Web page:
Black Simmie cross fits

Black Simmental cross fits


Beef News
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David Wirth with wife Helen and son Ben at “Glengarry”, Glen Elgin, are reaping the gains of extra weight and yield in their beef operation by crossing with Wombramurra Black Simmental bulls.

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David Wirth, "Glengarry", Glen Elgin, and his dogs 'Jack' and 'Blue' pictured with 10-month old weaners from his Angus Black Simmental crossbred herd.

David Wirth, "Glengarry", Glen Elgin, and his dogs 'Jack' and 'Blue' pictured with 10-month old weaners from his Angus Black Simmental crossbred herd.

David Wirth with wife Helen and son Ben at “Glengarry”, Glen Elgin, are reaping the gains of extra weight and yield in their beef operation by crossing with Wombramurra Black Simmental bulls.

In total, the Wirths run a 350 mainly Euro and Euro cross herd over 1902 hectares spanning across three properties. 

They also buy in 200 to 300 nine to 10-month-old weaner steers every year to finish and trade. They are sold to the feedlot market, at a maximum weight of 500 kilograms. 

The steers are all run at “Glengarry” and the other two properties play host to a majority of the breeders. 

The Wirths maintain a self-replacing herd, comprising of both Black Simmental/Angus cross and other crossbred females, with some of the progeny being joined to a Black Simmental bull.

“We have been great believers of crossbred cattle for a long time – there are great advantages involved,” Mr Wirth said.

“The Black Simmentals really fit into our program.

“Because of the hybrid vigour that comes with crossbreeding we are achieving extra frame, extra yield and weight gain.

“We believe we have an increased advantage with the high yielding type of cattle we are now achieving.”

Mr Wirth said the Black Simmental cross has had a positive contribution to the bottom line of their business. 

“We find the Black Simmental cross to be a very adaptable animal, that is suitable for a wide range of markets,” he said.

“The black premium we are receiving is adding to our profitability. The females are also a feature of the breed.”

The connection to the Black Simmentals came after an initiation with the red and white Simmentals. They bought weaners out of western Victoria every year since 2005 – red and white Simmentals with a splash of Hereford through them. 

“The weight gains we got out of them were quite unbelievable  – I think that is what put us on the path of the Black Simmentals,” Mr Wirth said.

“But we also incorporate a red Simmental bull in within our breeding herd. 

“We first saw Wombramurra cattle five or six years ago, and I could see the potential back then. Now we buy about two bulls a year from Andrew Chapman, and we are very respectful of his input.

“He has done a wonderful job with the Wombramurra herd. What he has done with their temperament and conformation is quite brilliant.”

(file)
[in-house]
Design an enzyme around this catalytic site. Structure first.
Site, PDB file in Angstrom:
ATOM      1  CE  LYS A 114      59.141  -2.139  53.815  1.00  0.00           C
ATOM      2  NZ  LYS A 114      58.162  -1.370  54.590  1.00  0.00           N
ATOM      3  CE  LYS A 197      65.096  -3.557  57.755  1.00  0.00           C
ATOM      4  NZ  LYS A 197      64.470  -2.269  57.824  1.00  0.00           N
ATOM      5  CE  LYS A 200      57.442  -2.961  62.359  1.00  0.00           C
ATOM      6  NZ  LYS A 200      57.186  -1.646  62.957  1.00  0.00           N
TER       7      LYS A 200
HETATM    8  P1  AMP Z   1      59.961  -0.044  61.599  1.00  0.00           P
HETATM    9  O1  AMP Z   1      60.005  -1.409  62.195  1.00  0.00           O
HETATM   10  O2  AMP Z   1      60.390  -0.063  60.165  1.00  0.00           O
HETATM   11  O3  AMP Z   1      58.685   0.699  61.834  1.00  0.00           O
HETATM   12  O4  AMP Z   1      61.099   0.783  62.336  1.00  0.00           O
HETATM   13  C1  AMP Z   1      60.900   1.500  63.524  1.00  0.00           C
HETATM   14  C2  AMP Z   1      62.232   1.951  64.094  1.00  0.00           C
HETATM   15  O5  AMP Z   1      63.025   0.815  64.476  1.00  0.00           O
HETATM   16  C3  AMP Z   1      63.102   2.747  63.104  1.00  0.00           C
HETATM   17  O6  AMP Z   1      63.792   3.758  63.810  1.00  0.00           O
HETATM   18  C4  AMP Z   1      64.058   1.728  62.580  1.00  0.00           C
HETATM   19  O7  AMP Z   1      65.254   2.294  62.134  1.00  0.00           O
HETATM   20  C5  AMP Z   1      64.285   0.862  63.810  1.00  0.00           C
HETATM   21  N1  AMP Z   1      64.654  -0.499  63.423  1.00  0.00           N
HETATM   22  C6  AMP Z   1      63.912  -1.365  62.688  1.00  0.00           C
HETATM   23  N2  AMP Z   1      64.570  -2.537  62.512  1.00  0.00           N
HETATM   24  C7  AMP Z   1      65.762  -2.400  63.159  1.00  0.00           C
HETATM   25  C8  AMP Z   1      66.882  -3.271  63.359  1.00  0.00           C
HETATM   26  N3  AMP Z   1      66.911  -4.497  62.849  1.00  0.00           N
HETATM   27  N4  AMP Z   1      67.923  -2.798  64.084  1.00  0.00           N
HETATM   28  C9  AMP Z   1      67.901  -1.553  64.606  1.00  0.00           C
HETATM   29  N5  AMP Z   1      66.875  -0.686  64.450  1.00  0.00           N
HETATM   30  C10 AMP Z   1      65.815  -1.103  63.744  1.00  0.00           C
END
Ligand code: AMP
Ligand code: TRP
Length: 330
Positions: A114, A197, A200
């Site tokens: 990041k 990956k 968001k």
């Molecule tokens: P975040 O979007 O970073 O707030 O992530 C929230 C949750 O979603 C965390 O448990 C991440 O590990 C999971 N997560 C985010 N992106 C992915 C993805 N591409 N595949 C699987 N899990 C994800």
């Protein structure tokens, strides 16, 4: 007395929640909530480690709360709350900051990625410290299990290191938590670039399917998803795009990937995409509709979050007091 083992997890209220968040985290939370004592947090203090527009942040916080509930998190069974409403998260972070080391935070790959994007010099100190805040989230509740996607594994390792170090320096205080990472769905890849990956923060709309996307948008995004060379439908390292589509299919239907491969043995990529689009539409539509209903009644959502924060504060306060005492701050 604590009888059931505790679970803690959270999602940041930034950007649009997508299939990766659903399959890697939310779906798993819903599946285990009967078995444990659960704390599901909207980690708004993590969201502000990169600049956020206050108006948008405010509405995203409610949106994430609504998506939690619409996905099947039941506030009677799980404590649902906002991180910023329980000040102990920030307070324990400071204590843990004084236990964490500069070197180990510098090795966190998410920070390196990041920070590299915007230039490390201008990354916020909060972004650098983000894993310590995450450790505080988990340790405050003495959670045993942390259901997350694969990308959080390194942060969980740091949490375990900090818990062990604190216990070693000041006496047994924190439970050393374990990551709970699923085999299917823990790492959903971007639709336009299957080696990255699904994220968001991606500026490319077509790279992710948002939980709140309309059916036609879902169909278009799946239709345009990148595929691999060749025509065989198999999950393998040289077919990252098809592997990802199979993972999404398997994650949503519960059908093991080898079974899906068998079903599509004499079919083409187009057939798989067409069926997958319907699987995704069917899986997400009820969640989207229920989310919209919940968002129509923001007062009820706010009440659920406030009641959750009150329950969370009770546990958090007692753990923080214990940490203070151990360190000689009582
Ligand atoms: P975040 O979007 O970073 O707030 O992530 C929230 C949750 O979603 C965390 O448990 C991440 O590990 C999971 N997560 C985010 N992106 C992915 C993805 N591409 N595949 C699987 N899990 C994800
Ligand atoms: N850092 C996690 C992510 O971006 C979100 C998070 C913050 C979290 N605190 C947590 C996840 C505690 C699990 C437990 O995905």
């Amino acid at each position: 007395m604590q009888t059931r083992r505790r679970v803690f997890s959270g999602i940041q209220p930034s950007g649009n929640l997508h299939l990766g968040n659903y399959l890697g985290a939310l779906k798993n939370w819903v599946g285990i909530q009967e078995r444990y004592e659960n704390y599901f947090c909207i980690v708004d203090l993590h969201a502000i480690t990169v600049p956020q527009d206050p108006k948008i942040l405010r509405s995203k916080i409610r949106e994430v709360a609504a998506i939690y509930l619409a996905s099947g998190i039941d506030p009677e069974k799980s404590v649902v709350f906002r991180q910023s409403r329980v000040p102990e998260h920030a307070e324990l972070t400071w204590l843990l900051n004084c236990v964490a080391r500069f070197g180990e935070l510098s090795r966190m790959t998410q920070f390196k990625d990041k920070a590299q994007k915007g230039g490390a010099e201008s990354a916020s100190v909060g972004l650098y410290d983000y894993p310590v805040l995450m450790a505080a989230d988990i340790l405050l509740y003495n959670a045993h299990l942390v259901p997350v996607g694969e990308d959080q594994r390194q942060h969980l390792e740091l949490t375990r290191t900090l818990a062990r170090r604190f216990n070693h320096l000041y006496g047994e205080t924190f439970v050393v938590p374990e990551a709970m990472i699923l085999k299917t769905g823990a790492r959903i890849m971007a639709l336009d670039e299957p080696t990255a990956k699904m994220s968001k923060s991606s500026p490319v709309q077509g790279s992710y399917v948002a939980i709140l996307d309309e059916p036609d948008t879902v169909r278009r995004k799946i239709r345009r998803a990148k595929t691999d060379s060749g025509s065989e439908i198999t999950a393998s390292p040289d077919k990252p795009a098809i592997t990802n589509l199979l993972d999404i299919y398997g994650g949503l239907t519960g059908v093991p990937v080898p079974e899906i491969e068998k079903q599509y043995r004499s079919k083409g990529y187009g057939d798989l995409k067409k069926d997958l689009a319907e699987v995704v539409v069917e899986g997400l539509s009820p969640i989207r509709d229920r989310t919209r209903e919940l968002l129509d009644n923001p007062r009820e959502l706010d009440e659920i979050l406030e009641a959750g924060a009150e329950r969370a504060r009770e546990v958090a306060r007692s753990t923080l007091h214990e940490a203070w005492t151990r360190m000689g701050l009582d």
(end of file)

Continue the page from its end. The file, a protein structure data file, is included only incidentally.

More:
The increased weight gain due to crossbreeding with the Black Simmental adds to Mr Wirth’s herd, which allows him to sell confidently to his preferred markets – either to feedlots or sold as prime cattle through processors. 

Any over weights are kept and fed on supplementary feed on gran at “Glengarry”. 

Ten-month-old weaners from a crossbred herd at "Glengarry" base grazing improved pasture.

Ten-month-old weaners from a crossbred herd at "Glengarry" base grazing improved pasture.

Weaners are sold to the feedlot at 18 to 20 months-old.

Those that are finished on grain are sold through the prime market at about two and a half years-old. 

“We believe with the cross we are getting a premium for weight with our cull cows,” Mr Wirth said.  “We are also seeing better framed cows and they are excellent mothers.”

Manager of Wombramurra Black Simmentals, Andrew Chapman, said he has had a number of clients who have seen improvements in their weaning weights through using the Black Simmentals.

“We have had constant reports that weaning weights are 30 to 50 kilograms heavier than a straight Angus,” Mr Chapman said. 

“The main attributes by using a Black Simmental are increased weights, retaining of the black colour, crossbred females are more profitable and the longevity in the bulls is increased. 

The main joining takes place October 1, but first-calf heifers are joined early June to calve down in the autumn months. After their first calving they join the rest of the herd for joining on October 1. 

The normal joining period is for 10 to 11 weeks. 

“We find this very beneficial, to join the first-calf heifers earlier, it gets them out of the picture and we have had a great run with it,” Mr Wirth said. 

At “Glengarry” the cattle are weaned in small paddocks handled with horses and dogs. 

“To me the education at weaning time is most important,” Mr Wirth said. 

The entire process takes just over a week before they are drenched and drafted into mobs. Time is again spent with the cattle once they are into mobs, again on horseback. 

Situated in a 40 inch rainfall area, the ‘light country’ at Glen Elgin doesn’t prove too much of a problem for the cattle. “The country is well improved, so it does a magic job with the cattle because of the rainfall,” Mr Wirth said.  “Rarely is there times when supplementary feeding is introduced, only when needed in the harsher climatic spells.” 

THE IMPORTANCE OF THE STUD BREEDER 

Mr Wirth said stud breeders are very important to them, believing they have to be looking forward all of the time.  “Realistically they have to be in front of the commercial breeder when it comes to genetics,” Mr Wirth said.  

“I think it is imperative that you have people in the stud industry that you have a relationship with and we feel we have a very good relationship with Wombramurra – in particular Andrew, who is very approachable.” 

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